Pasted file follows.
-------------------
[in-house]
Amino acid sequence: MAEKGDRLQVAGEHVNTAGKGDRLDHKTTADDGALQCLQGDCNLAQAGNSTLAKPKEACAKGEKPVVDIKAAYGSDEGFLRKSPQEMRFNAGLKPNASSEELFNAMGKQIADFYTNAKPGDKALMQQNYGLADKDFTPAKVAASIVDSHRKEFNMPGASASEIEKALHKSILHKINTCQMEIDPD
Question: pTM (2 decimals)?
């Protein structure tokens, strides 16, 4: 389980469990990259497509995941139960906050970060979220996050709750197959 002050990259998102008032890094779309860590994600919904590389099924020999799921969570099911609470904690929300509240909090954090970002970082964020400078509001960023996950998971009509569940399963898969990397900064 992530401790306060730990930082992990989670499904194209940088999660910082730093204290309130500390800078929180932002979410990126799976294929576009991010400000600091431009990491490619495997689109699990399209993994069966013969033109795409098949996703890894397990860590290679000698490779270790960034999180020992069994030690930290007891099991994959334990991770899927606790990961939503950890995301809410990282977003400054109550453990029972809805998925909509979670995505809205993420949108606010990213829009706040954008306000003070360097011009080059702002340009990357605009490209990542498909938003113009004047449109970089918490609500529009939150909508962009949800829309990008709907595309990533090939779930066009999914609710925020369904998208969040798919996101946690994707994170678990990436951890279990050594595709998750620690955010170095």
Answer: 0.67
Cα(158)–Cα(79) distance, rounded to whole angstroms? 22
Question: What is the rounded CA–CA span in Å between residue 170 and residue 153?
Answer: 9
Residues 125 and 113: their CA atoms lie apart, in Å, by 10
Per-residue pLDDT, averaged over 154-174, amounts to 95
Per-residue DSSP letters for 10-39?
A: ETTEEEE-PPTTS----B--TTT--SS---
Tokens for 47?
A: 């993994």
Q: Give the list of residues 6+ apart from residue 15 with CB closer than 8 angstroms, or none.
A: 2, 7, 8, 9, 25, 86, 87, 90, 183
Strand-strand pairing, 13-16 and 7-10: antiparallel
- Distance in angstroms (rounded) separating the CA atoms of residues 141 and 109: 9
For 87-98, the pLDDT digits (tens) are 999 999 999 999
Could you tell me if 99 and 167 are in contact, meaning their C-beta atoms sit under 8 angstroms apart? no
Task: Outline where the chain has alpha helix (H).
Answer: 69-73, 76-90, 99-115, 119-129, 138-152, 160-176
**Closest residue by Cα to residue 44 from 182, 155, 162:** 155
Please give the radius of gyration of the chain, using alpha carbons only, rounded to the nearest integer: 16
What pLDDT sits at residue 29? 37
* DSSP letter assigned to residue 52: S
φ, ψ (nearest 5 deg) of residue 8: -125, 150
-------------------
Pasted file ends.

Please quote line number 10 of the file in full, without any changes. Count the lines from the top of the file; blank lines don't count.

Per-residue pLDDT, averaged over 154-174, amounts to 95